The company reached agreement with the Queensland government, which is providing a one-off incentive as part of its North Queensland Recovery Plan.
Neither party disclosed the quantum of the incentive.
Glencore will invest more than A$500 million for the continued operation of the facilities.
The support package will allow for the four-yearly re-bricking and maintenance work at the smelter, due in September next year.
The company acknowledged the goodwill and constructive discussions with the Queensland government that led to the agreement.
"This incentive will partially mitigate the negative costs of continuing these assets, which face high fixed costs and struggle to compete internationally," Glencore said.
"We recognise these metallurgical assets are an important part of the North Queensland economy and part of a broader supply chain which supports thousands of jobs."
Glencore said the agreement secured ongoing employment for about 570 people, as well as a further 1000 indirect jobs.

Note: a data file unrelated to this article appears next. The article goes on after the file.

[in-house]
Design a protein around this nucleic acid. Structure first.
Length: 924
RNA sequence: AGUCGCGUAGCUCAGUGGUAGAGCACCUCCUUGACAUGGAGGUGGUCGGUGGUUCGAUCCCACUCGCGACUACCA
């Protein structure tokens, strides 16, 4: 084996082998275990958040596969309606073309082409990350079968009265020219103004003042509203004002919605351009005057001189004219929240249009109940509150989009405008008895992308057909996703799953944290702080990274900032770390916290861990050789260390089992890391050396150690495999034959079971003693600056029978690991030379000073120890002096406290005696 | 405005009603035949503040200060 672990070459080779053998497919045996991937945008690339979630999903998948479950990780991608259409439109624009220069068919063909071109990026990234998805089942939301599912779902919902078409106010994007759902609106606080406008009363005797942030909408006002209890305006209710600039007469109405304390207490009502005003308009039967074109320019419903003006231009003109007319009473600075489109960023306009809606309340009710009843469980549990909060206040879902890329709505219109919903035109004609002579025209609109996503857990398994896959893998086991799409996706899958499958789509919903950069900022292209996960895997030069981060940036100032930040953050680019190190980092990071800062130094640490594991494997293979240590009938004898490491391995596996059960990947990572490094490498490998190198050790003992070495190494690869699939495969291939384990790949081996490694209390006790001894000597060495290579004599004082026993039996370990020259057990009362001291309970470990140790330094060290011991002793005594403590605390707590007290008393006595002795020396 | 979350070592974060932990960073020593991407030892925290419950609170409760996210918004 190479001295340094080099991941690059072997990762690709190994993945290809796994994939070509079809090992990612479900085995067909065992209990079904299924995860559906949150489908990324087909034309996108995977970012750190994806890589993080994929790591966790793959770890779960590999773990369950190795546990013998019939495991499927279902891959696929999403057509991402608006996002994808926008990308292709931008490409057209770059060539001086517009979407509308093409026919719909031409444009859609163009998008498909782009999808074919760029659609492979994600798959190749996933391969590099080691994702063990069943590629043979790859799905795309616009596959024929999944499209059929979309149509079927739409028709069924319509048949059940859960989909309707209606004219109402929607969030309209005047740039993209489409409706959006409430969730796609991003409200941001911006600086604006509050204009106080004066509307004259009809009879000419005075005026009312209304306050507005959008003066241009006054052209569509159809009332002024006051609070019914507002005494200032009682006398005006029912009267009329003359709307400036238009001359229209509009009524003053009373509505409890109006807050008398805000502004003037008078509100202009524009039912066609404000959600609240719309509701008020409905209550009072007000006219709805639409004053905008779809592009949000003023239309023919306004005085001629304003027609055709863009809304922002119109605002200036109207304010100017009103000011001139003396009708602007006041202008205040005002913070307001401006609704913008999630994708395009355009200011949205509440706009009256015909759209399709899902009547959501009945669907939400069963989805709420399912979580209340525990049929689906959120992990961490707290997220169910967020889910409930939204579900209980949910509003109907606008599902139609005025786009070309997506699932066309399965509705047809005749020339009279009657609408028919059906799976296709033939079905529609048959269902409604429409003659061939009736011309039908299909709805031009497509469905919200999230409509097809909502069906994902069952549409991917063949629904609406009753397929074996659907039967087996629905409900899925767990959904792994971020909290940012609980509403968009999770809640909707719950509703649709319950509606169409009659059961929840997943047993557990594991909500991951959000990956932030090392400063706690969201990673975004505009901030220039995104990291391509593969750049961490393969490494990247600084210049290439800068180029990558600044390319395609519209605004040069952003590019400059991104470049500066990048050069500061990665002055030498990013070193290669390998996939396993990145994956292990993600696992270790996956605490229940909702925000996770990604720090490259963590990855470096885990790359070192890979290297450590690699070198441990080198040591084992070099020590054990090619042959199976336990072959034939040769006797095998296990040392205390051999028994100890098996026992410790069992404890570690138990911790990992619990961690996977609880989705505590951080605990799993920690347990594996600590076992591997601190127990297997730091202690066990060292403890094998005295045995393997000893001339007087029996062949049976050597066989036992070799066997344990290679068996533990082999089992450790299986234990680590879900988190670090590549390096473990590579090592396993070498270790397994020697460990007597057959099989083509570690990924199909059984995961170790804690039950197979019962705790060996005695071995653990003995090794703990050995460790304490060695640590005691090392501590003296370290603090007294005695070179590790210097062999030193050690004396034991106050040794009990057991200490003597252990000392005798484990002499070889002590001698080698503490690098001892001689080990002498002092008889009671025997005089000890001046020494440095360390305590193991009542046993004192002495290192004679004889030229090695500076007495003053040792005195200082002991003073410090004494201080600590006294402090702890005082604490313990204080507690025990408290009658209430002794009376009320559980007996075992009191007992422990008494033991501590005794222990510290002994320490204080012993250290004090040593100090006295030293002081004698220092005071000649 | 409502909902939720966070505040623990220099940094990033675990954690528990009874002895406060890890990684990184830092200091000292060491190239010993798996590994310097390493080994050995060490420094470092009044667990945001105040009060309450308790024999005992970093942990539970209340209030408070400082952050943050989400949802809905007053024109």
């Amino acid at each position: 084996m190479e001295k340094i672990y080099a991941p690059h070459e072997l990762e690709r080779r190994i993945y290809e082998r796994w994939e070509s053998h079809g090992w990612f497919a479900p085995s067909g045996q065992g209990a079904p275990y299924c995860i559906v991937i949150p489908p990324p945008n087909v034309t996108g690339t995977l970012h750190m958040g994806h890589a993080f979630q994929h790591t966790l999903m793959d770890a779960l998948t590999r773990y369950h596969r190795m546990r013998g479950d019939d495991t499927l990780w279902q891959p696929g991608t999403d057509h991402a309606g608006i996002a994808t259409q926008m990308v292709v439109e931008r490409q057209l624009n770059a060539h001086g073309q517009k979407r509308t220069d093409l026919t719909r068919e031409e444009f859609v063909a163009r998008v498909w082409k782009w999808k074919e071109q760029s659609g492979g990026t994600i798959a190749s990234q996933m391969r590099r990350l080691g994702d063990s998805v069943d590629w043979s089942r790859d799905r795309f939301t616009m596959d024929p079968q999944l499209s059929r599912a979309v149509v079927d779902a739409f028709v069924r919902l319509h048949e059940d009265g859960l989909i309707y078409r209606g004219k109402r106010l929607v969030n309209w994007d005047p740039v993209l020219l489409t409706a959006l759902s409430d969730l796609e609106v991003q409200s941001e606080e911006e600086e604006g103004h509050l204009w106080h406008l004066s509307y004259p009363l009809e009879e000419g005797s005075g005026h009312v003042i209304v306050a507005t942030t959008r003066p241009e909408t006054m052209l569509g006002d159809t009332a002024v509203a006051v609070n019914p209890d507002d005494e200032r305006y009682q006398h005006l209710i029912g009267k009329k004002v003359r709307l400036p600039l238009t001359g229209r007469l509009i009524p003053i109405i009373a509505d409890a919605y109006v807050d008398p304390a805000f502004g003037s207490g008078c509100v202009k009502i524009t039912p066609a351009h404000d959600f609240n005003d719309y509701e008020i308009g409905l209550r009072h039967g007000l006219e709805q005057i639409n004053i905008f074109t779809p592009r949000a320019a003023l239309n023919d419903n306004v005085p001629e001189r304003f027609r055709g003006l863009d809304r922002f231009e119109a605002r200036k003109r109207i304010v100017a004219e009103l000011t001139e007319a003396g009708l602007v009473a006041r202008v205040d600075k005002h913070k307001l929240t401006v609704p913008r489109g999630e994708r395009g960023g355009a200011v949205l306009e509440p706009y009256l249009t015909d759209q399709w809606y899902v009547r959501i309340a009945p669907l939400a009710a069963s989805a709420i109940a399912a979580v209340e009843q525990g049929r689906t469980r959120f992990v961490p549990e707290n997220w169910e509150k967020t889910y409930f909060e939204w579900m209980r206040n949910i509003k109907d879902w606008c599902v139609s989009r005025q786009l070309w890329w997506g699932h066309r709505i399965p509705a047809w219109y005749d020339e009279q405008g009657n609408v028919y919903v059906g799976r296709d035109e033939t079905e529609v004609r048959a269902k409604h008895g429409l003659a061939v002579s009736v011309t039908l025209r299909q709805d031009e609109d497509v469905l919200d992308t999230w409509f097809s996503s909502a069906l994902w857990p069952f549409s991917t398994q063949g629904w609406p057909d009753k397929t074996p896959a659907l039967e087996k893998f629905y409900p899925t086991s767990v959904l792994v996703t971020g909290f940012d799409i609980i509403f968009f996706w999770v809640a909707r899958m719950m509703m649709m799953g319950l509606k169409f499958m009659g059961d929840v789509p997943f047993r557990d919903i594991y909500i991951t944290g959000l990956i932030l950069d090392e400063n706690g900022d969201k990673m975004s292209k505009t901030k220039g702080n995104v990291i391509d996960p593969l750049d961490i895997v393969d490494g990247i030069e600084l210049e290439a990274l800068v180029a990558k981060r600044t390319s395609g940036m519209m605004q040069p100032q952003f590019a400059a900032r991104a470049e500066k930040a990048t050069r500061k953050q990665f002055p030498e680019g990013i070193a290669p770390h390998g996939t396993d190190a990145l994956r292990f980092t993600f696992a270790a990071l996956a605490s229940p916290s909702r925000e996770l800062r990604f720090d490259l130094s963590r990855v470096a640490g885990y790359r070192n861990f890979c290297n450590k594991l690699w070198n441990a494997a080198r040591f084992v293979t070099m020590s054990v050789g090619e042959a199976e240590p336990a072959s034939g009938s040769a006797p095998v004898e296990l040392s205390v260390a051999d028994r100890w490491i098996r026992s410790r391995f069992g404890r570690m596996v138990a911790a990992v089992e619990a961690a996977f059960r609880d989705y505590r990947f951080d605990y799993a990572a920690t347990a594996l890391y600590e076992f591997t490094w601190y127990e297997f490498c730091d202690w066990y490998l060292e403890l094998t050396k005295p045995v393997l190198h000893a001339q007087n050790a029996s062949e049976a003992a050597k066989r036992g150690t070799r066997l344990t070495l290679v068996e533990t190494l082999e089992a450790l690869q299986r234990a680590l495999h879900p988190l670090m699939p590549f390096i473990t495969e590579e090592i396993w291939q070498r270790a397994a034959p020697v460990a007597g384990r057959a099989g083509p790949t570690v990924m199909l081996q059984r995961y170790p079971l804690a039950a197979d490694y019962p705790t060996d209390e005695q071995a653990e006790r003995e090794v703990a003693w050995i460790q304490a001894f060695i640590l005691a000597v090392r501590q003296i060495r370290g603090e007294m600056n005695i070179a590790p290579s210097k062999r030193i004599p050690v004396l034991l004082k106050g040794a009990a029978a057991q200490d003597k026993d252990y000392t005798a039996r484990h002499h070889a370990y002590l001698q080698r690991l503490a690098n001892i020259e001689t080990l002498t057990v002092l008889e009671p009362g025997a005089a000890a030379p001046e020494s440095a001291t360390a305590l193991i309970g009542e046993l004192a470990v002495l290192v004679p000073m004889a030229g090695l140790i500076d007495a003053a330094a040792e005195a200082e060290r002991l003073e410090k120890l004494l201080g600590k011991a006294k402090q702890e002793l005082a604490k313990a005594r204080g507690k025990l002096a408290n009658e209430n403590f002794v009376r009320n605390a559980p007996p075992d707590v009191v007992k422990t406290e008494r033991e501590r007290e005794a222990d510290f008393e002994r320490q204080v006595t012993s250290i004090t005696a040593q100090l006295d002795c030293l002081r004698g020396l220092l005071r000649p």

The company said it would undertake further studies to examine the viability of large-scale e-recycling or custom smelting.
The government said the incentive would also support 520 jobs across Incitec Pivot's Queensland operations.
"The North-West Minerals Province was one of the world's richest mineral-producing regions, with half a trillion dollars' worth of the new economy minerals needed for batteries and renewables," Queensland treasurer Cameron Dick said.
"Demand for those critical minerals will climb over the next decade from the renewable and technology sector.
"Queensland needs to maintain minerals processing capability in the North West to keep supply chains open for future critical mineral developments and the jobs they will create."